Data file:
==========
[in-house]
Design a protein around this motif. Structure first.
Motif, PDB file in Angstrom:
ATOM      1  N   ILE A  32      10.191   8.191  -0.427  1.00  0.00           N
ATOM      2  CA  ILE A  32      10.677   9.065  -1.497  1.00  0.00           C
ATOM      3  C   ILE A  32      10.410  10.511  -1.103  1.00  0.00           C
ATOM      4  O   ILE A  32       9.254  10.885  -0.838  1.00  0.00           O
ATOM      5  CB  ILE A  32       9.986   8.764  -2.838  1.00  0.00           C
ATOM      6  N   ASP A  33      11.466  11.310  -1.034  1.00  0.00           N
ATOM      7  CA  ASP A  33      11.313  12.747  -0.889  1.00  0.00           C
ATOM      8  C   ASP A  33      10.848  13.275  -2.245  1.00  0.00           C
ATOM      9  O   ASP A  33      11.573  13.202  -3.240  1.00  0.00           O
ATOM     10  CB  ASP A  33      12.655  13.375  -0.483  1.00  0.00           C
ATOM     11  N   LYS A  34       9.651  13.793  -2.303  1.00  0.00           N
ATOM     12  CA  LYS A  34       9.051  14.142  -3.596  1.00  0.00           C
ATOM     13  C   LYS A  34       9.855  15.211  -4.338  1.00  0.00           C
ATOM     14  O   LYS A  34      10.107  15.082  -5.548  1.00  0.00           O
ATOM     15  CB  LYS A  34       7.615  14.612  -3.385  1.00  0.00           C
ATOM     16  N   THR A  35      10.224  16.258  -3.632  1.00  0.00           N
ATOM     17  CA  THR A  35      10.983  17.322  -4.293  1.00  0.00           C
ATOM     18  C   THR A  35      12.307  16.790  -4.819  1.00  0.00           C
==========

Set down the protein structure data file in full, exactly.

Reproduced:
[in-house]
Design a protein around this motif. Structure first.
Motif, PDB file in Angstrom:
ATOM      1  N   ILE A  32      10.191   8.191  -0.427  1.00  0.00           N
ATOM      2  CA  ILE A  32      10.677   9.065  -1.497  1.00  0.00           C
ATOM      3  C   ILE A  32      10.410  10.511  -1.103  1.00  0.00           C
ATOM      4  O   ILE A  32       9.254  10.885  -0.838  1.00  0.00           O
ATOM      5  CB  ILE A  32       9.986   8.764  -2.838  1.00  0.00           C
ATOM      6  N   ASP A  33      11.466  11.310  -1.034  1.00  0.00           N
ATOM      7  CA  ASP A  33      11.313  12.747  -0.889  1.00  0.00           C
ATOM      8  C   ASP A  33      10.848  13.275  -2.245  1.00  0.00           C
ATOM      9  O   ASP A  33      11.573  13.202  -3.240  1.00  0.00           O
ATOM     10  CB  ASP A  33      12.655  13.375  -0.483  1.00  0.00           C
ATOM     11  N   LYS A  34       9.651  13.793  -2.303  1.00  0.00           N
ATOM     12  CA  LYS A  34       9.051  14.142  -3.596  1.00  0.00           C
ATOM     13  C   LYS A  34       9.855  15.211  -4.338  1.00  0.00           C
ATOM     14  O   LYS A  34      10.107  15.082  -5.548  1.00  0.00           O
ATOM     15  CB  LYS A  34       7.615  14.612  -3.385  1.00  0.00           C
ATOM     16  N   THR A  35      10.224  16.258  -3.632  1.00  0.00           N
ATOM     17  CA  THR A  35      10.983  17.322  -4.293  1.00  0.00           C
ATOM     18  C   THR A  35      12.307  16.790  -4.819  1.00  0.00           C